Investigations underway after antisemitic incidents reported at North York middle school

Click to play video: 'Antisemitic acts from multiple students reported at North York Middle School'
Antisemitic acts from multiple students reported at North York Middle School
WATCH: Antisemitic acts from multiple students reported at North York Middle School – Feb 8, 2022

Investigations are underway after antisemitic incidents were reported at a North York middle school.

In a letter to parents and students on Monday, Charles H. Best Middle School Principal Elever Baker said an “antisemitic incident” occurred at the school.

“On Tuesday, two students had depicted swastika’s and prior to the week beginning, students performed the ‘Hitler’s salute’ in front of classmates,” the letter reads.

“This is very upsetting and unacceptable. We take great pride in our school as a welcoming, safe, and inclusive place and this has always been our message to students.”

Baker said the incident is “not reflective of who we are and what we stand for as a school and as a community.”

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Once the incidents were brought to the attention of administration, Baker said they took “immediate steps to address the issue and we continue to investigate.”

“On behalf of Charles H. Best Middle School, we acknowledge and regret the harm this incident caused to members of our school community and to our shared school climate,” the letter said. “We are committed to the work of intentionally identifying, interrupting and addressing racism and discrimination in our school, with a focus on antisemitism.”

Baker said the school will be “working with students to address this matter” and will “incorporate this as a learning opportunity that supports equity and inclusion to underscore our commitment to create a safe and welcoming environment for all.”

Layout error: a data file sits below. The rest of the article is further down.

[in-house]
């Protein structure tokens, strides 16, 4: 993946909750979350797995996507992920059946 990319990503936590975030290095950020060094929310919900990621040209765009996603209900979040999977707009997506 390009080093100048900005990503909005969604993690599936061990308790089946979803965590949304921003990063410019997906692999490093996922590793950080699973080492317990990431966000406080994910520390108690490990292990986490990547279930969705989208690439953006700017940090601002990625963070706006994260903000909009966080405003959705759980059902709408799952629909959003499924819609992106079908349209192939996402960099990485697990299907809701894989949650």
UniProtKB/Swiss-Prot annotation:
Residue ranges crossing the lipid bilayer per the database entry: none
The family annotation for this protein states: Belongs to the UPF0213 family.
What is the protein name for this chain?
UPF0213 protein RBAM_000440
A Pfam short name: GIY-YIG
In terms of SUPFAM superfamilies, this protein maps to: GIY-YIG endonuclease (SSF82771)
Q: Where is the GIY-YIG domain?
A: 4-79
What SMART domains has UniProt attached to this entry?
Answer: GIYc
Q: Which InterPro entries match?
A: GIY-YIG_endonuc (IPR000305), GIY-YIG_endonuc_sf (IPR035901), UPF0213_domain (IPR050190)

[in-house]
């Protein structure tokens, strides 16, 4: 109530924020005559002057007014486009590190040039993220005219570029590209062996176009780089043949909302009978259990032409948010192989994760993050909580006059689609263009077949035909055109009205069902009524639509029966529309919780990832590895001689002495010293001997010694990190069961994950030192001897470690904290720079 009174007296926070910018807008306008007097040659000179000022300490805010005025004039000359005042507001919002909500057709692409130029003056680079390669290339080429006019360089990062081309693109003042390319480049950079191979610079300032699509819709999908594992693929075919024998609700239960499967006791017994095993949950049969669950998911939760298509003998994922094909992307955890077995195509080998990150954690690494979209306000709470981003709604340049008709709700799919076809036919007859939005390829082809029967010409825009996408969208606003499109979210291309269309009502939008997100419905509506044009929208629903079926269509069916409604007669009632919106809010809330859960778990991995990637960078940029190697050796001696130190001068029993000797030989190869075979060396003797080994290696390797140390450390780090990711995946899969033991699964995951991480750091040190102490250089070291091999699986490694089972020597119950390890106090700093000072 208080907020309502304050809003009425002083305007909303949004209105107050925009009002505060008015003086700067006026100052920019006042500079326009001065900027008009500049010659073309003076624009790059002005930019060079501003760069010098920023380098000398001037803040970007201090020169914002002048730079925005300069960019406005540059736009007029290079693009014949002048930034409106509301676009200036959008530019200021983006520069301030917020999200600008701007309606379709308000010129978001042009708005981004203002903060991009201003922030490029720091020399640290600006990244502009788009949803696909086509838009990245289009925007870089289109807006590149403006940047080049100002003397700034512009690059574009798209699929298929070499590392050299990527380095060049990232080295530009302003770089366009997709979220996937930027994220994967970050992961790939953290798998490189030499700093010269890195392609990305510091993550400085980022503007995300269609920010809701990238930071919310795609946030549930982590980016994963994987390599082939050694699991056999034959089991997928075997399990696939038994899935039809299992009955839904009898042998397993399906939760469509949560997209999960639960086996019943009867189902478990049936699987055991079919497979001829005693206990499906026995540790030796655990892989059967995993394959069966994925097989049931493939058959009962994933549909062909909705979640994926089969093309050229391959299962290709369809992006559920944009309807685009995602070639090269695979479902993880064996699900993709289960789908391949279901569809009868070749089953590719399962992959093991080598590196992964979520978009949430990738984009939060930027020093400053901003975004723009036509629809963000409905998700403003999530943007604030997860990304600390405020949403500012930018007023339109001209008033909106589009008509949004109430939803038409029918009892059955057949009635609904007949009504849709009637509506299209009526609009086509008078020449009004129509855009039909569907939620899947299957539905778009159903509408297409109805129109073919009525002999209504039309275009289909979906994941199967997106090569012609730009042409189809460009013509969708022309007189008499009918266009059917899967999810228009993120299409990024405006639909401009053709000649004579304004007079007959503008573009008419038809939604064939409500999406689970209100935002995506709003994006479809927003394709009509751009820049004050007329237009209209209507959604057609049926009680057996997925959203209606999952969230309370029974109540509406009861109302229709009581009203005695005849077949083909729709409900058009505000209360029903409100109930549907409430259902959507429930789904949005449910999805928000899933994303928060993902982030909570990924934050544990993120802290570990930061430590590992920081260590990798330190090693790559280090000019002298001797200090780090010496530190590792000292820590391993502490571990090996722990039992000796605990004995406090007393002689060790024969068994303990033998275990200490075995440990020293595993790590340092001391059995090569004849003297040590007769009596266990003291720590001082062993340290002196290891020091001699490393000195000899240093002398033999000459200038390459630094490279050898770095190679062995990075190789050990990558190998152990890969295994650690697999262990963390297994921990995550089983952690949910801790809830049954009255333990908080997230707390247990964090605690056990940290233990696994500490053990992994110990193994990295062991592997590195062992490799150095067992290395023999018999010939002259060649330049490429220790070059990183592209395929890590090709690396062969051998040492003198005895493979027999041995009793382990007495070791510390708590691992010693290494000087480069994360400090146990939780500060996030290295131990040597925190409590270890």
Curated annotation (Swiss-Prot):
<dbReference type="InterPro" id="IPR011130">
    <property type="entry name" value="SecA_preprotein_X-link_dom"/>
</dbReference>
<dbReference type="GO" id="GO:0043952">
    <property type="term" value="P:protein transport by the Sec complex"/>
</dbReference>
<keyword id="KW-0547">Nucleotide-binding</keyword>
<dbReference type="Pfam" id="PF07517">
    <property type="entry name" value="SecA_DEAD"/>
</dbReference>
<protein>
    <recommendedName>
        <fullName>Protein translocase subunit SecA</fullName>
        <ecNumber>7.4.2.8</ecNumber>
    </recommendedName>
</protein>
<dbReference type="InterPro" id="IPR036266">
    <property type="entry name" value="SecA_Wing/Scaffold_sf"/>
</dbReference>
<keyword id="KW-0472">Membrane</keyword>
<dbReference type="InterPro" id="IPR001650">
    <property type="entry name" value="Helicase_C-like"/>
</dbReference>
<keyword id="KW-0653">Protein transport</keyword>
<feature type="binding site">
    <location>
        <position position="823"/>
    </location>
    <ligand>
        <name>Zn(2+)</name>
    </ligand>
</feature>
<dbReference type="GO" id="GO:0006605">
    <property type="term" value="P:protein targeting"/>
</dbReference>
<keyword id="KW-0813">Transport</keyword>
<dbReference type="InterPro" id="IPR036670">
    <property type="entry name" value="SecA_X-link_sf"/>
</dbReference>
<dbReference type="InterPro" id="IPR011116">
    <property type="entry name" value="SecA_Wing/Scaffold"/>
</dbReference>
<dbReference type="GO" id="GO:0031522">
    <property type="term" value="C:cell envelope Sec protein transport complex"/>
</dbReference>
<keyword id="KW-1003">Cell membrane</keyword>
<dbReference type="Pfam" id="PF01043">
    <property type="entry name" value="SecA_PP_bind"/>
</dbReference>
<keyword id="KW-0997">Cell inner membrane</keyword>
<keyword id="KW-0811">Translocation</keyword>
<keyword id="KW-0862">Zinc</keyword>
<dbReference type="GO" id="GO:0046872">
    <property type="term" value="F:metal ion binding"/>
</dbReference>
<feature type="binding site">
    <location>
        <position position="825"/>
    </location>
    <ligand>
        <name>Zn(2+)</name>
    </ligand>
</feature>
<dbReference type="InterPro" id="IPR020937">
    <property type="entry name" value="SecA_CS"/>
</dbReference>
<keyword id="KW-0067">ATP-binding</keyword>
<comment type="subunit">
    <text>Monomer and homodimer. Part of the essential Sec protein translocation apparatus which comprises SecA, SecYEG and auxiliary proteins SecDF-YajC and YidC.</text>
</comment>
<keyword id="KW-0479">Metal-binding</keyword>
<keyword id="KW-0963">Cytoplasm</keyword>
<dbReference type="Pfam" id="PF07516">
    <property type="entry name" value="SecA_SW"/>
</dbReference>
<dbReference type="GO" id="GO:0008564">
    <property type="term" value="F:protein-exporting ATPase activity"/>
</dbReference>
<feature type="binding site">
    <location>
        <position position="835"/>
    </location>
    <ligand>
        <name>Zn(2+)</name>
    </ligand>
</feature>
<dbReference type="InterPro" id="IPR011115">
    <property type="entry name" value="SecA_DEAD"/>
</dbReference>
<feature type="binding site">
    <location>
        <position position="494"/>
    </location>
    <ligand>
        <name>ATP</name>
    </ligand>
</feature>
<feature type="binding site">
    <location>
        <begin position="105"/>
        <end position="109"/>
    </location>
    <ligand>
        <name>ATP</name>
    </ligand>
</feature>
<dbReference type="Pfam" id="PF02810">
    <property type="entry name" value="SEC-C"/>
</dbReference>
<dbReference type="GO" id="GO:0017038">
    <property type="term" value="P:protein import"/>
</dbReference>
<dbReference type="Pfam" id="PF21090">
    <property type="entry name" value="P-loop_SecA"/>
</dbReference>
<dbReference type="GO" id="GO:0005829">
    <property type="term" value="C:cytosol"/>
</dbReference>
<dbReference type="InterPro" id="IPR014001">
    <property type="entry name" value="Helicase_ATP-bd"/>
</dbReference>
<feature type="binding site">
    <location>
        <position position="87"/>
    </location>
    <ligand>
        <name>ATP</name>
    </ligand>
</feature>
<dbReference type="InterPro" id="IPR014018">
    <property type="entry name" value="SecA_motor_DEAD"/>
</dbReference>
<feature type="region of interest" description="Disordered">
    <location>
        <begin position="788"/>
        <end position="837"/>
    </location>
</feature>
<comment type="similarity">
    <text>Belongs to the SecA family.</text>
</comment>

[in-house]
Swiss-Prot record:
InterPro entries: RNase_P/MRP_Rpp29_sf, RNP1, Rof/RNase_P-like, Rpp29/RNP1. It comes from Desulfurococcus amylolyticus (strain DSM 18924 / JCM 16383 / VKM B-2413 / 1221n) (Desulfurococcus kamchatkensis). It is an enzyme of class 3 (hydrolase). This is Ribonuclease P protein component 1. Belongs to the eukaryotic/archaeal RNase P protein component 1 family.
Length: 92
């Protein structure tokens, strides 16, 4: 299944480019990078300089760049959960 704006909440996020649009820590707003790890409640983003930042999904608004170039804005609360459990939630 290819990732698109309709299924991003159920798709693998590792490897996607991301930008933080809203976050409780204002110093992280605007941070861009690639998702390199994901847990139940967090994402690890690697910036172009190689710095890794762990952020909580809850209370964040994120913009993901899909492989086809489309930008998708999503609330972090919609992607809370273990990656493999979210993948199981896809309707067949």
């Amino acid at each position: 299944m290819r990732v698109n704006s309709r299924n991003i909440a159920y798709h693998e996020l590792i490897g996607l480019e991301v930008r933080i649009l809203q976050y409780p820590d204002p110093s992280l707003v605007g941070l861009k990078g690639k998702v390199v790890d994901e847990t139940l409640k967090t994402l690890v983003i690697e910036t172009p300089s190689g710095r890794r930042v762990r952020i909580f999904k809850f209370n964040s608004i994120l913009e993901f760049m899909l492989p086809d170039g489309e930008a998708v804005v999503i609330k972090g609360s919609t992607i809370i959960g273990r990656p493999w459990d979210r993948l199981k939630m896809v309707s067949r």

According to the letter, the school is consulting with Toronto District School Board (TDSB) Equity Advisors and “other central staff” to “establish new strategies and tools for addressing antisemitism.”

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Baker said some students may be “understandably, upset as a result of the incidents.”

Social workers have been at the school to support students, Baker said.

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Study shows a third of students think Holocaust was fabricated

Michel Dubuc’s son attends the middle school. He called the incidents “concerning.”

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“It’s not only concerning, but it’s sad too,” he said. “Just knowing that kids are doing that, they must have learned it somewhere.”

Dubuc said receiving the letter from the school makes you wonder “what’s going on, and what’s being taught.”

“It’s very, very sad,” he said.

Shari Schwartz-Maltz, a spokesperson for the TDSB and chair of the board’s Jewish Heritage Committee said moving forward, education is “really important.”

“We want to raise our kids to have love in their heart,” she said. “And all the swastika says is hate. It’s a universal symbol of hate.”

She said “unfortunately, our kids have been seeing the swastika flag unfurled at protests, they see it on the news, they’ve seen it in video games, they’ve seen it online.”

“So it becomes normalized,” she said. “And it can’t become normalized, because we need to teach them that it is a symbol of hate. And that’s really important. Education is really important, and that’s what schools can do.”

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In a press release issued Tuesday, the Friends of Simon Wiesenthal Centre (FSWC) said it has been “actively engaging” with senior TDSB officials in response to the incidents.

The FSWC said as soon as it was informed of what happened, it “immediately notified the TDSB,” and “offered resources to help address these incidents.”

“The school is in Bathurst Manor, an area with a large Jewish population, where many Holocaust survivors live and the Canadian Society for Yad Vashem Holocaust memorial site is located,” the release reads.

FSWC President and CEO Michael Levitt said it is “extremely disturbing to once again learn of antisemitism rearing its ugly head at a school in Toronto.”

“At a time of rising antisemitism, it’s essential for schools to have the resources to address and prevent such hate incidents and ensure safe spaces for all students,” Levitt said in a statement.

“As we see Holocaust awareness diminish, an increase in the use of vile Nazi symbols and the spread of antisemitic rhetoric, especially on social media and gaming platforms, educating students and empowering them to stand up against hate is more critical than ever.

“We must never be silent in the face of Jew-hatred in our community and in our country.”

According to the release, the FSWC has been receiving “multiple reports per week” of antisemitic incidents in schools in the city.


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